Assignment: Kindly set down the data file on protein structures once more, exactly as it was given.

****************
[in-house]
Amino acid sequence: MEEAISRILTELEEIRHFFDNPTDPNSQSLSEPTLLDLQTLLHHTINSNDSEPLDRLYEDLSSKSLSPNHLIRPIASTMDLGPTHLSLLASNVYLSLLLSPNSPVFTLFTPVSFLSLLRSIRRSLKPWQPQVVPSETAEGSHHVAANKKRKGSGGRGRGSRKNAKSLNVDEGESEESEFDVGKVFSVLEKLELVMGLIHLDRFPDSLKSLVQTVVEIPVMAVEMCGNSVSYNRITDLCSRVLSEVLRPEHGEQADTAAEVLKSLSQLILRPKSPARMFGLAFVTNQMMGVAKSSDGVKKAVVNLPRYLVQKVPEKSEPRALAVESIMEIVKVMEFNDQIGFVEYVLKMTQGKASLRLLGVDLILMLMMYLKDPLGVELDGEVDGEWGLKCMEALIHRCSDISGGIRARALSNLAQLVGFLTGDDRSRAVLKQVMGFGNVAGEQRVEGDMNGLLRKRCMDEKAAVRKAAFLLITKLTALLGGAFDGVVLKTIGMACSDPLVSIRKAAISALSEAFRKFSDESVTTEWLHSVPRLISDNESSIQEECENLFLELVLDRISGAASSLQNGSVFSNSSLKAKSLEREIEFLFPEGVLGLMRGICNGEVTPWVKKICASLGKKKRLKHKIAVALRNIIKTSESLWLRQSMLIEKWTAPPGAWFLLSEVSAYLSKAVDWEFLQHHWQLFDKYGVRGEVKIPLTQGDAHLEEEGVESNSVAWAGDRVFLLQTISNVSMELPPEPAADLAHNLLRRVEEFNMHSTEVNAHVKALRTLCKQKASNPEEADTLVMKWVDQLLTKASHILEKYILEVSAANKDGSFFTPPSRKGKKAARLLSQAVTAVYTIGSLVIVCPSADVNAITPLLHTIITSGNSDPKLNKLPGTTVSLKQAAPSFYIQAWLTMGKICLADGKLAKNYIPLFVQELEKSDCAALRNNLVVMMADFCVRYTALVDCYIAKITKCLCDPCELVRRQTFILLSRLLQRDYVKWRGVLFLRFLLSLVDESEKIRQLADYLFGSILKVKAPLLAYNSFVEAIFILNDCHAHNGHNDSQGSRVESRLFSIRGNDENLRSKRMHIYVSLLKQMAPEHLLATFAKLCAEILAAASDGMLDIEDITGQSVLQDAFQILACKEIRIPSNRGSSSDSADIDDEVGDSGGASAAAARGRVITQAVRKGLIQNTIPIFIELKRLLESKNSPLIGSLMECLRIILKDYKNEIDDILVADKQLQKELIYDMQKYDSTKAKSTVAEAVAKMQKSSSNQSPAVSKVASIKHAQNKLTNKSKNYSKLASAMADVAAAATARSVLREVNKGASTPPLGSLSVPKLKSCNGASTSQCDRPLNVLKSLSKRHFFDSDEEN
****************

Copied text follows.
[in-house]
Amino acid sequence: MEEAISRILTELEEIRHFFDNPTDPNSQSLSEPTLLDLQTLLHHTINSNDSEPLDRLYEDLSSKSLSPNHLIRPIASTMDLGPTHLSLLASNVYLSLLLSPNSPVFTLFTPVSFLSLLRSIRRSLKPWQPQVVPSETAEGSHHVAANKKRKGSGGRGRGSRKNAKSLNVDEGESEESEFDVGKVFSVLEKLELVMGLIHLDRFPDSLKSLVQTVVEIPVMAVEMCGNSVSYNRITDLCSRVLSEVLRPEHGEQADTAAEVLKSLSQLILRPKSPARMFGLAFVTNQMMGVAKSSDGVKKAVVNLPRYLVQKVPEKSEPRALAVESIMEIVKVMEFNDQIGFVEYVLKMTQGKASLRLLGVDLILMLMMYLKDPLGVELDGEVDGEWGLKCMEALIHRCSDISGGIRARALSNLAQLVGFLTGDDRSRAVLKQVMGFGNVAGEQRVEGDMNGLLRKRCMDEKAAVRKAAFLLITKLTALLGGAFDGVVLKTIGMACSDPLVSIRKAAISALSEAFRKFSDESVTTEWLHSVPRLISDNESSIQEECENLFLELVLDRISGAASSLQNGSVFSNSSLKAKSLEREIEFLFPEGVLGLMRGICNGEVTPWVKKICASLGKKKRLKHKIAVALRNIIKTSESLWLRQSMLIEKWTAPPGAWFLLSEVSAYLSKAVDWEFLQHHWQLFDKYGVRGEVKIPLTQGDAHLEEEGVESNSVAWAGDRVFLLQTISNVSMELPPEPAADLAHNLLRRVEEFNMHSTEVNAHVKALRTLCKQKASNPEEADTLVMKWVDQLLTKASHILEKYILEVSAANKDGSFFTPPSRKGKKAARLLSQAVTAVYTIGSLVIVCPSADVNAITPLLHTIITSGNSDPKLNKLPGTTVSLKQAAPSFYIQAWLTMGKICLADGKLAKNYIPLFVQELEKSDCAALRNNLVVMMADFCVRYTALVDCYIAKITKCLCDPCELVRRQTFILLSRLLQRDYVKWRGVLFLRFLLSLVDESEKIRQLADYLFGSILKVKAPLLAYNSFVEAIFILNDCHAHNGHNDSQGSRVESRLFSIRGNDENLRSKRMHIYVSLLKQMAPEHLLATFAKLCAEILAAASDGMLDIEDITGQSVLQDAFQILACKEIRIPSNRGSSSDSADIDDEVGDSGGASAAAARGRVITQAVRKGLIQNTIPIFIELKRLLESKNSPLIGSLMECLRIILKDYKNEIDDILVADKQLQKELIYDMQKYDSTKAKSTVAEAVAKMQKSSSNQSPAVSKVASIKHAQNKLTNKSKNYSKLASAMADVAAAATARSVLREVNKGASTPPLGSLSVPKLKSCNGASTSQCDRPLNVLKSLSKRHFFDSDEEN